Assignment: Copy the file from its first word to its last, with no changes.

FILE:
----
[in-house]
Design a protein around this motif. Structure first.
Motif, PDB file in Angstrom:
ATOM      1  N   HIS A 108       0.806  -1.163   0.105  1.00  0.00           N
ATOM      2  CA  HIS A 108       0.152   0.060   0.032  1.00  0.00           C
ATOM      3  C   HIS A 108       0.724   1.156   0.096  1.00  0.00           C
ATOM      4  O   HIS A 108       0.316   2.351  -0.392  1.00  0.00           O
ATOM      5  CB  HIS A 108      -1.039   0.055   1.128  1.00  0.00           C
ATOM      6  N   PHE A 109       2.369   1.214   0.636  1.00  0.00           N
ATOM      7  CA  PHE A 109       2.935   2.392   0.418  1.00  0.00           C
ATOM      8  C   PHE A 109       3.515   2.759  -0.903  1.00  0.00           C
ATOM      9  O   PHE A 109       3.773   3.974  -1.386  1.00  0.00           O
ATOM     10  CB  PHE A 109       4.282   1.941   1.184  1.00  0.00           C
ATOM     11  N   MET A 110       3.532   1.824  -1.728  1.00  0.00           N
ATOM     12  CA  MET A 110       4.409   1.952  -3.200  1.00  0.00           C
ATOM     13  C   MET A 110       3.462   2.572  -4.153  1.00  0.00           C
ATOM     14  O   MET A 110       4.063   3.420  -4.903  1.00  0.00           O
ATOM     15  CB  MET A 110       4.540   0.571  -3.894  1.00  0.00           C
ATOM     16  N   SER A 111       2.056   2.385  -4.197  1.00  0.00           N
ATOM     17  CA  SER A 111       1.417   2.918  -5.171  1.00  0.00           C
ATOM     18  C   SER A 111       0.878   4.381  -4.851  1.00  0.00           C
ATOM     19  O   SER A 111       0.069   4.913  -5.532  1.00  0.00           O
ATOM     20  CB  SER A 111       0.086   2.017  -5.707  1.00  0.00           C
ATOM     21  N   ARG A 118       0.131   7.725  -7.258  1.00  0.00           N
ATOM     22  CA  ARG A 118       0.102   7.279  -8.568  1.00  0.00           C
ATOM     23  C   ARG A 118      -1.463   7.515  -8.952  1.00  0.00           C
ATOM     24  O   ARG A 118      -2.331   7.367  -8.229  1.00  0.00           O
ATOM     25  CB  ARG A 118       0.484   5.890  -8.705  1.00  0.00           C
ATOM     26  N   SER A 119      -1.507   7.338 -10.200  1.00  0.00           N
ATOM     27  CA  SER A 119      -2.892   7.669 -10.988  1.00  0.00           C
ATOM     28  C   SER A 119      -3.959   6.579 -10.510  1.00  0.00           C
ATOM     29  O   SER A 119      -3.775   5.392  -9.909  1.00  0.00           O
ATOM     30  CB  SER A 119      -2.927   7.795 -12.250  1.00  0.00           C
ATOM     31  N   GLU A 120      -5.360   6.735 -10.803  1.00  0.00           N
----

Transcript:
[in-house]
Design a protein around this motif. Structure first.
Motif, PDB file in Angstrom:
ATOM      1  N   HIS A 108       0.806  -1.163   0.105  1.00  0.00           N
ATOM      2  CA  HIS A 108       0.152   0.060   0.032  1.00  0.00           C
ATOM      3  C   HIS A 108       0.724   1.156   0.096  1.00  0.00           C
ATOM      4  O   HIS A 108       0.316   2.351  -0.392  1.00  0.00           O
ATOM      5  CB  HIS A 108      -1.039   0.055   1.128  1.00  0.00           C
ATOM      6  N   PHE A 109       2.369   1.214   0.636  1.00  0.00           N
ATOM      7  CA  PHE A 109       2.935   2.392   0.418  1.00  0.00           C
ATOM      8  C   PHE A 109       3.515   2.759  -0.903  1.00  0.00           C
ATOM      9  O   PHE A 109       3.773   3.974  -1.386  1.00  0.00           O
ATOM     10  CB  PHE A 109       4.282   1.941   1.184  1.00  0.00           C
ATOM     11  N   MET A 110       3.532   1.824  -1.728  1.00  0.00           N
ATOM     12  CA  MET A 110       4.409   1.952  -3.200  1.00  0.00           C
ATOM     13  C   MET A 110       3.462   2.572  -4.153  1.00  0.00           C
ATOM     14  O   MET A 110       4.063   3.420  -4.903  1.00  0.00           O
ATOM     15  CB  MET A 110       4.540   0.571  -3.894  1.00  0.00           C
ATOM     16  N   SER A 111       2.056   2.385  -4.197  1.00  0.00           N
ATOM     17  CA  SER A 111       1.417   2.918  -5.171  1.00  0.00           C
ATOM     18  C   SER A 111       0.878   4.381  -4.851  1.00  0.00           C
ATOM     19  O   SER A 111       0.069   4.913  -5.532  1.00  0.00           O
ATOM     20  CB  SER A 111       0.086   2.017  -5.707  1.00  0.00           C
ATOM     21  N   ARG A 118       0.131   7.725  -7.258  1.00  0.00           N
ATOM     22  CA  ARG A 118       0.102   7.279  -8.568  1.00  0.00           C
ATOM     23  C   ARG A 118      -1.463   7.515  -8.952  1.00  0.00           C
ATOM     24  O   ARG A 118      -2.331   7.367  -8.229  1.00  0.00           O
ATOM     25  CB  ARG A 118       0.484   5.890  -8.705  1.00  0.00           C
ATOM     26  N   SER A 119      -1.507   7.338 -10.200  1.00  0.00           N
ATOM     27  CA  SER A 119      -2.892   7.669 -10.988  1.00  0.00           C
ATOM     28  C   SER A 119      -3.959   6.579 -10.510  1.00  0.00           C
ATOM     29  O   SER A 119      -3.775   5.392  -9.909  1.00  0.00           O
ATOM     30  CB  SER A 119      -2.927   7.795 -12.250  1.00  0.00           C
ATOM     31  N   GLU A 120      -5.360   6.735 -10.803  1.00  0.00           N